Steam wagons were produced in vast numbers from the late Victorian period up until the Second World War. They were commonly available in two forms, undertype with the cylinders mounted under the bodywork and overtype with the cylinders mounted on top of the boiler in a more conventional way. Makers had their preferred arrangement but generally experimented with both ways of getting the job done.
Steam wagons were faster on the road than standard traction engines and by the 1930's were capable of in-excess of 50mph.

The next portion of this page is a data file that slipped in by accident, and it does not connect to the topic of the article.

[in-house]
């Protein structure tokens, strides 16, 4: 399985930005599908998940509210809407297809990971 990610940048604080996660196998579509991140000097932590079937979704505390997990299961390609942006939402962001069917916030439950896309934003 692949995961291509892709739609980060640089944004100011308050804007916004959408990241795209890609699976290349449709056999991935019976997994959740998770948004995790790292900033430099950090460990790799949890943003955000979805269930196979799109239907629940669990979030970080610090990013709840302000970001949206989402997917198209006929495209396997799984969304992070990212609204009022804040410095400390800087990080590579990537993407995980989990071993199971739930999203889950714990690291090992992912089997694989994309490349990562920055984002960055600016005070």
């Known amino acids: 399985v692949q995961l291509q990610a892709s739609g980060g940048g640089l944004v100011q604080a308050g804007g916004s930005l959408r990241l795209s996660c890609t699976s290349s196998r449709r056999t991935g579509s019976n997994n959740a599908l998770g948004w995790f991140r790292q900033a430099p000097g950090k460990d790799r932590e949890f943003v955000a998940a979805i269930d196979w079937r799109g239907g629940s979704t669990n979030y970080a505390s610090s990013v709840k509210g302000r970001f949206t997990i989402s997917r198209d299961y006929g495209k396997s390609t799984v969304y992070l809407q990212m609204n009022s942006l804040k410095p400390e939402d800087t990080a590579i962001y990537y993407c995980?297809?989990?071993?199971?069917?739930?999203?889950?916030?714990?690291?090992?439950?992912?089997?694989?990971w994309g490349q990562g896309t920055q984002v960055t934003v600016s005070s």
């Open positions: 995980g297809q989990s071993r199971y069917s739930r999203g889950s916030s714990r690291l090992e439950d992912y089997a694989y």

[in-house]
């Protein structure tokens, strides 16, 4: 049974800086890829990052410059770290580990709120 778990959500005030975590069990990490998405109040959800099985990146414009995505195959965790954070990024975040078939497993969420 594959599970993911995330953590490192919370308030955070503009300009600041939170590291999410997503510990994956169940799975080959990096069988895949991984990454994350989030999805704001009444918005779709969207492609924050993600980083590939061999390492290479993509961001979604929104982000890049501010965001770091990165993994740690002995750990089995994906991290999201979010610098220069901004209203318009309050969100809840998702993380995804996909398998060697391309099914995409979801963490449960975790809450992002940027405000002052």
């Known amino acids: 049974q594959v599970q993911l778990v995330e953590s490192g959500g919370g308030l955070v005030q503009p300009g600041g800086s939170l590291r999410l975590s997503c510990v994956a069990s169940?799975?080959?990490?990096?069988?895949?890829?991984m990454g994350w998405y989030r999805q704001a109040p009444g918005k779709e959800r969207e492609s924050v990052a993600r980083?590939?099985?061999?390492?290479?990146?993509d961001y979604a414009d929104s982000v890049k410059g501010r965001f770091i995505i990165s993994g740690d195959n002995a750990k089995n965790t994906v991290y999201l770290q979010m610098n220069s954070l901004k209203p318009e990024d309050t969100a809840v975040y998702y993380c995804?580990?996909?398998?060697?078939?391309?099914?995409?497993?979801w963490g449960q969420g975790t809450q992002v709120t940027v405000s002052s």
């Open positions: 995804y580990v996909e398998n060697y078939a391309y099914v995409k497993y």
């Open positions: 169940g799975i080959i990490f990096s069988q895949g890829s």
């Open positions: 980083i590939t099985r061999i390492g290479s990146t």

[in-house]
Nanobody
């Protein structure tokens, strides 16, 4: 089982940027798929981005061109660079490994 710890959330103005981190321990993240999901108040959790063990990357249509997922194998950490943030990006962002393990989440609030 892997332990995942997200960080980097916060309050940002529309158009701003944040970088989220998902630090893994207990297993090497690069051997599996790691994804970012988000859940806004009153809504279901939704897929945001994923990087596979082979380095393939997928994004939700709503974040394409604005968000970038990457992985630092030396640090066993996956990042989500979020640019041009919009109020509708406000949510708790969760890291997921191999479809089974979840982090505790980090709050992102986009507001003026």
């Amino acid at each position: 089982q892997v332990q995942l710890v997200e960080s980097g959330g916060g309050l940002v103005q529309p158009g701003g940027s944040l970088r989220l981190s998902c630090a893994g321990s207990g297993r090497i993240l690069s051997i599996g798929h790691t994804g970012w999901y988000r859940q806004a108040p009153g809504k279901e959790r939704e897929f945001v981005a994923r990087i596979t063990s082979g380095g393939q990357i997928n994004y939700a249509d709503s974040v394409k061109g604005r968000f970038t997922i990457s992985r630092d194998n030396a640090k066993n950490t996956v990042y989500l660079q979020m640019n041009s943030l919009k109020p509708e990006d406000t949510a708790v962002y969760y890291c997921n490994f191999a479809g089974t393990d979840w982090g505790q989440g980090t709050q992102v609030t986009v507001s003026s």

Changes to legislation in favour of internal combustion powered lorries made them expensive to run and the fell out of favour during the 1930's. It was not unusual however to see well worn steam lorries working as late the 1950's.
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